“The year is 1901. Buffalo, New York, is poised for glory. With its booming industry and newly electrified streets, Buffalo is a model for the century just beginning.”
Thus begins the jacket cover description of this historical murder mystery by Lauren Belfer. Published in 1999, City of Light is an engaging look at turn of the century Buffalo as the Pan-American exposition (which culminated with President McKinley’s assassination) approaches.
The story centers on Louisa Barrett, headmistress at an all girls’ school, who is witness to the world of politicians and industrialists vying to bring a bright future to Buffalo. However, a murder tied to the new hydro power plant in Niagara threatens to unravel secrets long held by the upper echelons of Buffalo society.
Louisa narrates the story giving readers immediate accessibly to the era. Though at times our heroine may frustrate readers who wish she’d rebel against the conventions of the times, her actions ultimately are more plausible. Even if they’re not what we would want her to do.
As much as this is a mystery story, it is also a rich tapestry of an American city at the dawn of a new century, shaking off the dust of the Victorian era with its gaslit rooms and embracing the promise of our modern American industry. All levels of society are presented from high society to immigrants slums to African-Americans navigating limited opportunities. There are anarchists, industralists, politicians, reformers, and the civic-minded.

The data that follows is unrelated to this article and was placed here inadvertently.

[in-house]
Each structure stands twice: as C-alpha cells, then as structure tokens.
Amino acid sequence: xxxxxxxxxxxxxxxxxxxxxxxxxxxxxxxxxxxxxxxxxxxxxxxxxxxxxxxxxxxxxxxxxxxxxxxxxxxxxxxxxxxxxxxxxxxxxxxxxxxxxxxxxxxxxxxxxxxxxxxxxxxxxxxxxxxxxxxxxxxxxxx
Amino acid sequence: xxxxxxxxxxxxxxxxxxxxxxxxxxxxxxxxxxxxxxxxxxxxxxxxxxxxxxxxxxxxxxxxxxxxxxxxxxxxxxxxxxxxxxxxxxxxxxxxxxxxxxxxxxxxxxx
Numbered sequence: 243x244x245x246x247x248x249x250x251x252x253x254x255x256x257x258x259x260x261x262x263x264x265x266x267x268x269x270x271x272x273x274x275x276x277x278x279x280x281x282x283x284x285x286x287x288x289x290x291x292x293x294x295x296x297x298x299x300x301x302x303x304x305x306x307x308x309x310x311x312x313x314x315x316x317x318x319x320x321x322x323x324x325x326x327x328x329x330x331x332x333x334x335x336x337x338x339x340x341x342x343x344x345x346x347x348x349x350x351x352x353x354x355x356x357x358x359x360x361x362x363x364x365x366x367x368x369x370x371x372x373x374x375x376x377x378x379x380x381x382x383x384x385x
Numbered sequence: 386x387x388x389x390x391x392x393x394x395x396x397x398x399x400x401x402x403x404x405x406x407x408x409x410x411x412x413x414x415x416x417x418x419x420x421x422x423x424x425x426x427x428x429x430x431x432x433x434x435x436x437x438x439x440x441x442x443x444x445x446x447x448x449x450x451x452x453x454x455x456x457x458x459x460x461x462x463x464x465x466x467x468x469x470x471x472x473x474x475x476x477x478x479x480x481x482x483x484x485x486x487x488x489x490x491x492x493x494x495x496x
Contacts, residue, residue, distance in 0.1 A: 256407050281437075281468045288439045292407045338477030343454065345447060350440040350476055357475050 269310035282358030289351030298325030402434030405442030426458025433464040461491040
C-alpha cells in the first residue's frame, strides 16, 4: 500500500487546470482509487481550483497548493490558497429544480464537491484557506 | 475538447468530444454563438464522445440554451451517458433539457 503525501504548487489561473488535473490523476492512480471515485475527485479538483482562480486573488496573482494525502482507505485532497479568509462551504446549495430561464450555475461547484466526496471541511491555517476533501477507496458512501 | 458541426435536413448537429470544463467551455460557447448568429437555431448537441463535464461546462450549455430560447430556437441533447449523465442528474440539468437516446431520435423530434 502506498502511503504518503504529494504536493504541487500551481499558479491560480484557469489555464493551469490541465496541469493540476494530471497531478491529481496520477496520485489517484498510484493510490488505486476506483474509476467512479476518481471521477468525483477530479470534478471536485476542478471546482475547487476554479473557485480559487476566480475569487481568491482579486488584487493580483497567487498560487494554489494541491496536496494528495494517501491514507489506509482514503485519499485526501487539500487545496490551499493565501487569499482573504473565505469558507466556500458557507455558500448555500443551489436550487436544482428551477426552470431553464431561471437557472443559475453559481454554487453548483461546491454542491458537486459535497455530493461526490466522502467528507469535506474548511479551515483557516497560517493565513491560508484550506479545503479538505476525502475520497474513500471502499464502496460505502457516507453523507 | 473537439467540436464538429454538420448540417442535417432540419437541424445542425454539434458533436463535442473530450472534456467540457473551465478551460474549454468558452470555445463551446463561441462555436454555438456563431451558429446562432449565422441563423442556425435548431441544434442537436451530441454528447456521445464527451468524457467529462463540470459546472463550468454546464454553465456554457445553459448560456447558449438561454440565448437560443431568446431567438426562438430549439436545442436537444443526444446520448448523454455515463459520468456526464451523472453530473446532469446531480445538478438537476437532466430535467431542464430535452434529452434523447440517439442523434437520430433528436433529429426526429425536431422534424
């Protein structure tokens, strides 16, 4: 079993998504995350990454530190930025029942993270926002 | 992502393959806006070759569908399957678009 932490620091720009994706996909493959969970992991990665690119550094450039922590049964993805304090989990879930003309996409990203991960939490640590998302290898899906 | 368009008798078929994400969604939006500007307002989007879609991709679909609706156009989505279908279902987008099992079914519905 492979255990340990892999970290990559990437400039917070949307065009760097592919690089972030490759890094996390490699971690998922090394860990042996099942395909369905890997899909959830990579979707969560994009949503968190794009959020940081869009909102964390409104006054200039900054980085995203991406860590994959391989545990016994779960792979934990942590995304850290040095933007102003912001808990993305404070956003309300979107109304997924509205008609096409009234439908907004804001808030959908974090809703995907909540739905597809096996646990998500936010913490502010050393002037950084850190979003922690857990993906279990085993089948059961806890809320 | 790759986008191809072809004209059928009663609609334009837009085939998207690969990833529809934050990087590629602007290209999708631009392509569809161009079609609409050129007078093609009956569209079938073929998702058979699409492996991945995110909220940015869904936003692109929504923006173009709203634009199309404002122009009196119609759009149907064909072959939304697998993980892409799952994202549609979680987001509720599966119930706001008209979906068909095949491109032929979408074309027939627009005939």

For some, this may seem to weigh down the story, which is by no means a fast-paced read. Louisa, herself, is rather a passive character who is swept up by events and machinations of others. Yet she and the story held my interest.
Now, appearances of famous personages, such as Presidents McKinley and Cleveland, are to be expected in historical fiction. I was, however, surprised to discover that several other characters were actual people important to Buffalo’s rich history. I found this mix of real and fictional characters made the story all the richer.
Of particular note were Maria Love, a social crusader for immigrants; Mary Talbert, who later became a vice-president of the NAACP; and John J. Albright, a wealthy businessman and philanthropist. The Historical Note at the end of the novel helped distinguish these and other real “characters” from their fictional counterparts.
I first came across this book in 2004 and read it early in 2005. In fact, this was a selection for my mystery book group. I recommend this title for those who like historical mysteries or historical fiction.
For more about City of Light and author Lauren Belfer, click here.